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Surgery and Surgical Procedure

Blood transfusion

After initial use of plasma expanders, major acute blood loss requires rapid blood transfusion. While it is vital to restore blood volume and oxygen-carrying capacity, rapid transfusion may produce problems over and above those which can occur with any administration of blood products (such as group incomparability and risk of infection).
Urgent provision by the transfusion laboratory and quick checking of multiple units of blood in an emergency inevitably enhances the chances of omission or error. However urgent the situation, unless one has resorted to giving uncross-matched or universal donor blood, safety standards must be maintained, if necessary by one member of staff dedicated to the checking and recording of blood units.
Other unwanted side effects result from the differences between fresh and stored blood. Some occur as a result of changes with time, and some relate to additives or extraction of plasma components. Blood is stored at 40C and rapid transfusion has caused arrhythmias and worsened intraoperative hypothermia. Newer warming devices are able to raise the temperature satisfactorily even at very fast transfusion rates, but may require considerable pressure to force the blood through tortuous or narrow tubes. Cellular metabolism, membrane ion pump failure and haemolysis during storage lead to hypokalaemia and acidaemia with rapid transfusion, compounding the effects of reperfusing ischaemic areas and again may impair cardiac performance.
Anticoagulant (usually citrate to chelate calcium) and early loss of clotting factors and active platelets result in dilutional coagulopathy during massive transfusion. Ideally clotting should be monitored (such as by thromboelastography in theatre, or in the laboratory), and specific defects identified and treated. However, the situation is often too fraught and rapidly changing, and it may be necessary to administer fresh frozen plasma and/or platelets on an empirical basis (per 6—10 units of blood transfused). Calcium is usually maintained by mobilisation from bone, except in severe circulatory failure; however, it too should be measured or empirical administration considered if clotting appears clinically inadequate.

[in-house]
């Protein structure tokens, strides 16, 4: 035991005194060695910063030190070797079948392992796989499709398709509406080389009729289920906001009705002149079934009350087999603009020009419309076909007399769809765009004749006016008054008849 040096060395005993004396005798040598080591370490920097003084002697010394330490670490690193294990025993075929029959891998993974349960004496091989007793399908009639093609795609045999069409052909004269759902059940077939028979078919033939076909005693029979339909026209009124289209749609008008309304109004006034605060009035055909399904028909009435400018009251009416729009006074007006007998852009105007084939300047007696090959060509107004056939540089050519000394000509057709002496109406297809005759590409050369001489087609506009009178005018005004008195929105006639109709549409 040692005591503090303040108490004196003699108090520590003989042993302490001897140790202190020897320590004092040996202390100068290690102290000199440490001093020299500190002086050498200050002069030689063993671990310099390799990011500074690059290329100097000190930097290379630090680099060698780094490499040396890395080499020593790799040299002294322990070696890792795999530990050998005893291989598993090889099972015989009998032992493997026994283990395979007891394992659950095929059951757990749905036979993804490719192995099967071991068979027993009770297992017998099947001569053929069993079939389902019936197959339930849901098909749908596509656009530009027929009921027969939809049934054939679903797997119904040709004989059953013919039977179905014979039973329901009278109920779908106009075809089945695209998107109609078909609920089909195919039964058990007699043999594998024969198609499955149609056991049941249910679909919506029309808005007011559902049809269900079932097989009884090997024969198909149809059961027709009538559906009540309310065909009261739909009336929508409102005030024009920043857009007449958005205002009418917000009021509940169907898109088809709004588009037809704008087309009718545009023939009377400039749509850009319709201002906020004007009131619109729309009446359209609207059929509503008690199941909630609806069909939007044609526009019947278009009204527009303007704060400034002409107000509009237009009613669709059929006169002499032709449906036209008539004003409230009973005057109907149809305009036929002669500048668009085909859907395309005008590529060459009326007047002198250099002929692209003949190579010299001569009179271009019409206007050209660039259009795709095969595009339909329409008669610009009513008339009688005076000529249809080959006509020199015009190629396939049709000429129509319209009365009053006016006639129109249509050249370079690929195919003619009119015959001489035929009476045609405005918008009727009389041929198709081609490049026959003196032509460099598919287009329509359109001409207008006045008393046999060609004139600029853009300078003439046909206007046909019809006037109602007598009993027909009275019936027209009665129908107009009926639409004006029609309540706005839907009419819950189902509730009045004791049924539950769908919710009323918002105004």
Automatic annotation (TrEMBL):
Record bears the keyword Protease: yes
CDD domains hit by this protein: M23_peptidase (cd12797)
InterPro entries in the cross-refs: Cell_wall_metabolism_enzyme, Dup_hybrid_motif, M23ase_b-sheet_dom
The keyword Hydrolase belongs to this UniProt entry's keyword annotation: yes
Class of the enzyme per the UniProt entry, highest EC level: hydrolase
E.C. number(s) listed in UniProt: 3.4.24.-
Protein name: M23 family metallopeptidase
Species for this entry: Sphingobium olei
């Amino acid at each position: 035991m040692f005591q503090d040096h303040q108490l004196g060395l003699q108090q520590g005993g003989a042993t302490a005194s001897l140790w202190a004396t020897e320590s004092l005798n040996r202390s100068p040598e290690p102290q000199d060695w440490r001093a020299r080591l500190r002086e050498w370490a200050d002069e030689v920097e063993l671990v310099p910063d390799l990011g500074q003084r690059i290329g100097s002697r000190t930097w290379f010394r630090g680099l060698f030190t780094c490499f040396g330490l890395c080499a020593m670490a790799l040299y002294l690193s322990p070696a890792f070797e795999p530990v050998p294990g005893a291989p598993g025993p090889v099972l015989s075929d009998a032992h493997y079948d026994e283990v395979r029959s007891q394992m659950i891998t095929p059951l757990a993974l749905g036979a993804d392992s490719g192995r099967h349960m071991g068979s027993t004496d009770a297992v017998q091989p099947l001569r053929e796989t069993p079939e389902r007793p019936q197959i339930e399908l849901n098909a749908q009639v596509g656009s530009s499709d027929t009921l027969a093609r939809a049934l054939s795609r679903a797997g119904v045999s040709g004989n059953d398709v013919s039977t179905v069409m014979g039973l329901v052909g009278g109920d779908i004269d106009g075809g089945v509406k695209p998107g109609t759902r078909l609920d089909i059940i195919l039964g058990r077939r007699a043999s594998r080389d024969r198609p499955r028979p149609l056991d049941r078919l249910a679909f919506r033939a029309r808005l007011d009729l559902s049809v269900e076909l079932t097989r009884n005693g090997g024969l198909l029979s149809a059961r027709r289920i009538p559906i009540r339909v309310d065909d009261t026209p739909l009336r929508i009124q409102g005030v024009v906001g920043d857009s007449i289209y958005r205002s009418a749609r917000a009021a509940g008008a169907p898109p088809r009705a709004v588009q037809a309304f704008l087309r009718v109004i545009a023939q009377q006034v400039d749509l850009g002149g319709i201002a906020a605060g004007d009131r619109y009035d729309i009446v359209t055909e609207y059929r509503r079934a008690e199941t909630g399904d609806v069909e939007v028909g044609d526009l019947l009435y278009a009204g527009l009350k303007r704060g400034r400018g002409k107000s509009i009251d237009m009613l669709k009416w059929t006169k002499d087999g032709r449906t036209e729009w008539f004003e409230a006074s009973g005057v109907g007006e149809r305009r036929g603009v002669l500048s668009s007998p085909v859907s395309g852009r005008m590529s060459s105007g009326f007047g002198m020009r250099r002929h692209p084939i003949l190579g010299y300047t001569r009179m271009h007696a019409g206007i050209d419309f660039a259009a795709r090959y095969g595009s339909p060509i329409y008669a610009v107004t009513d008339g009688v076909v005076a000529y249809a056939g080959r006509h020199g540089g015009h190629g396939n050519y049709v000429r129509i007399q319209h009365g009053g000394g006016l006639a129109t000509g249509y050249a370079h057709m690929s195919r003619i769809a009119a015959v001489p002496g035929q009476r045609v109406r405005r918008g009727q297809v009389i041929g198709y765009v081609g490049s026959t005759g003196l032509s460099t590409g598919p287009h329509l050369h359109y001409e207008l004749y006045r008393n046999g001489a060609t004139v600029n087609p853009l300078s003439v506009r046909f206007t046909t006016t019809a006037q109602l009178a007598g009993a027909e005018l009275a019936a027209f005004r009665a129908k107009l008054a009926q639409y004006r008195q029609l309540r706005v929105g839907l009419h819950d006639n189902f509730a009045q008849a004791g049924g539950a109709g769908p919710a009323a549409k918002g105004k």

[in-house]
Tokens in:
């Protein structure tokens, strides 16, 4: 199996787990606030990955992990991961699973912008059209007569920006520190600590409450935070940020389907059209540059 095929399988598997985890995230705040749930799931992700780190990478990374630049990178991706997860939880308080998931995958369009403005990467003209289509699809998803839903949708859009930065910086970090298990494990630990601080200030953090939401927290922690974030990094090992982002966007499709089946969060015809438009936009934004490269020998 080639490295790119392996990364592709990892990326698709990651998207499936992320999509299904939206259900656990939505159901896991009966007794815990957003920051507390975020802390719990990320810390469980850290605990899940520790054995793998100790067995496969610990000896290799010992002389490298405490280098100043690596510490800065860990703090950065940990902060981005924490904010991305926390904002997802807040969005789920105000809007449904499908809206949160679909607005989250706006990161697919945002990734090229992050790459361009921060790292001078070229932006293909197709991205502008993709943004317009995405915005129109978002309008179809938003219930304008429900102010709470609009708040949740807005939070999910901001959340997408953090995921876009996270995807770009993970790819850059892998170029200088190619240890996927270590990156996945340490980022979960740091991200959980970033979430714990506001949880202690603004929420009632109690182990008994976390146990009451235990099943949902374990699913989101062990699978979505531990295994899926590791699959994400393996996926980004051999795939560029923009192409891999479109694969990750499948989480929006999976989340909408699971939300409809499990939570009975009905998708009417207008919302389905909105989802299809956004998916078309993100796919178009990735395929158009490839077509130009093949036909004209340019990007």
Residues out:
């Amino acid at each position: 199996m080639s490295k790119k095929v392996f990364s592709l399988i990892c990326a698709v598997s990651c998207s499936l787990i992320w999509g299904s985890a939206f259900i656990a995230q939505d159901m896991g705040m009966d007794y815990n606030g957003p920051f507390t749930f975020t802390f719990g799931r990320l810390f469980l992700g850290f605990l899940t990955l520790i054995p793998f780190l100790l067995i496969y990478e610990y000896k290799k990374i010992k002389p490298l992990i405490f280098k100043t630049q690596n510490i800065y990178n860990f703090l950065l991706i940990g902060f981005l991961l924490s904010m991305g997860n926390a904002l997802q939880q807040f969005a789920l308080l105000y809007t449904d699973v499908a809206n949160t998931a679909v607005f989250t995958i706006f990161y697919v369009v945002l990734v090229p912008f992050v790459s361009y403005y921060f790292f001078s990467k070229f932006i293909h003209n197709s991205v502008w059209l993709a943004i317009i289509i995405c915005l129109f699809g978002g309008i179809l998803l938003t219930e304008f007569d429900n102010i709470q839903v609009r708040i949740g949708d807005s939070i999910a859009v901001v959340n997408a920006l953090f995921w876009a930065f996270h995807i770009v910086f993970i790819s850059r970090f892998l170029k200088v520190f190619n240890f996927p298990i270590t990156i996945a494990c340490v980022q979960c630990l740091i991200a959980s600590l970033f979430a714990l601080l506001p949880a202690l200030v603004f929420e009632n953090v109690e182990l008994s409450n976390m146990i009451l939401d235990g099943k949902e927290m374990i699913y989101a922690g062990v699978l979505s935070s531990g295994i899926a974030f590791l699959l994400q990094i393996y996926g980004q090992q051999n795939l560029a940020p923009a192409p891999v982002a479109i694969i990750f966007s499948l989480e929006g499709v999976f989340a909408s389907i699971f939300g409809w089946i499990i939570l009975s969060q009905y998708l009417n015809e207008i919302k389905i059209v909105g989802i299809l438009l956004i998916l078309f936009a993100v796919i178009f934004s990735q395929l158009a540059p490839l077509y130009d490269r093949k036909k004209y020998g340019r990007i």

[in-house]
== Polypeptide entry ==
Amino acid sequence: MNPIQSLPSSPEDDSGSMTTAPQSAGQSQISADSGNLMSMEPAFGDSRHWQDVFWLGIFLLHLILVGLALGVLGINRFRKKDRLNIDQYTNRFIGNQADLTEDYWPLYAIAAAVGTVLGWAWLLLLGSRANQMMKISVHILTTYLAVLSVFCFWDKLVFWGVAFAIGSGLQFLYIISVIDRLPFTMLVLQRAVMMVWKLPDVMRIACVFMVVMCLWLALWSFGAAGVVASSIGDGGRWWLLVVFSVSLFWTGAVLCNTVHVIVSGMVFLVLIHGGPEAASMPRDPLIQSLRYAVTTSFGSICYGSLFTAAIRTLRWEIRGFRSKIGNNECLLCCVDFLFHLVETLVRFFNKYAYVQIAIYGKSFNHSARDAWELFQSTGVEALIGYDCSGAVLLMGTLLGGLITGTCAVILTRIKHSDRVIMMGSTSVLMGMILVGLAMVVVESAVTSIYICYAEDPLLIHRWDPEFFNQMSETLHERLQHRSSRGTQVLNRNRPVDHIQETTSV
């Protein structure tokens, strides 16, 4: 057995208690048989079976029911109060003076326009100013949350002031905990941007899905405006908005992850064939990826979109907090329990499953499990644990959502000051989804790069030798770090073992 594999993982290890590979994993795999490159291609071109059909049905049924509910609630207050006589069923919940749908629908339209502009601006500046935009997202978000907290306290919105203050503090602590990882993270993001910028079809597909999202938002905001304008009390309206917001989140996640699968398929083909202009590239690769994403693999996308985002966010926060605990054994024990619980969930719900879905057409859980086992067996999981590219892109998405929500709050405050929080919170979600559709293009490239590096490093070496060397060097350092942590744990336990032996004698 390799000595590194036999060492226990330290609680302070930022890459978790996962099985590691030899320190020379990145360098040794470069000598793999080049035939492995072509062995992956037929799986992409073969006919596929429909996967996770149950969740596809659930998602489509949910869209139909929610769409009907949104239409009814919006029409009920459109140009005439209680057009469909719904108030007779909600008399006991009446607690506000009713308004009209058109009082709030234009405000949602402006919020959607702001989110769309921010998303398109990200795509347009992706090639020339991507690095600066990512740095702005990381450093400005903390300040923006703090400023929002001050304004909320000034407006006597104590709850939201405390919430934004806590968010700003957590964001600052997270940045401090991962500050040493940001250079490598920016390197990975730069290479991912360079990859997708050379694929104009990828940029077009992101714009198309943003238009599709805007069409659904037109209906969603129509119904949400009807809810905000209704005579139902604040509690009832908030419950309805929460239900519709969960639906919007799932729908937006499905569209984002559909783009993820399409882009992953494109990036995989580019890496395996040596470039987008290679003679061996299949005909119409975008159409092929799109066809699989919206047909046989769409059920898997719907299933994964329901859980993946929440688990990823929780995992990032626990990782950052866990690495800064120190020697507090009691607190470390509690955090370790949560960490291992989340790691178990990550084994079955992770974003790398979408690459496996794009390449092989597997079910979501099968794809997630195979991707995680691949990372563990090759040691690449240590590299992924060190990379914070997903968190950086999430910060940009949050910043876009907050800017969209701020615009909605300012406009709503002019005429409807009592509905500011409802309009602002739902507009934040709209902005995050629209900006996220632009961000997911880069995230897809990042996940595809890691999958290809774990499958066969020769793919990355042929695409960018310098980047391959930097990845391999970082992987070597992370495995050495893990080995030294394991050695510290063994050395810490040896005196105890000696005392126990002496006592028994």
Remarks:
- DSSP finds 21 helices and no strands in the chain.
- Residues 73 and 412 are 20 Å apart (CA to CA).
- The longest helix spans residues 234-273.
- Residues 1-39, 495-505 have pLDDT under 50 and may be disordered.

Parenteral fluid therapy
The solutions mainly in use are given below and summarised in Table 4.3.
Plasma, albumin 4.5 per cent;
dextrose 5 per cent is an isotonic solution that supplies calories without electrolytes. It is useful in the postoperative period when sodium excretion is reduced. It is also valuable when the salt requirements of a patient needing much fluid have been satisfied on a particular day. Pro­longed administration of 5 per cent dextrose solution alone is liable to result in hyponatraemia, and may cause thrombosis of the vein used;
isotonic (0.9 per cent) saline solution is required to replace the normal sodium requirement (500 ml isotonic saline/day) and additional volume is required when a large amount of sodium has been lost by vomiting, or by gastric, duodenal or intestinal aspiration, or through an alimentary fistula. Possibly, on occasions, excessive sweating may justify its use;
dextrose 4.3 per cent with saline 0.18 per cent (one-fifth isotonic saline) — this solution is isotonic. Usually it is referred to as dextrose—saline. It must not be confused with S per cent dextrose in saline, which is hypertonic;
Ringer’s lactate solution contains sodium, potassium and chloride in almost the same concentrations as they are in the plasma. It also contains some calcium and some lactate. This solution can be used in hypovolaemic shock while awaiting blood. It is also suitable for replacing lost intestinal secretions.


September 20, 2008 - Posted by |  Critical care: fluid |

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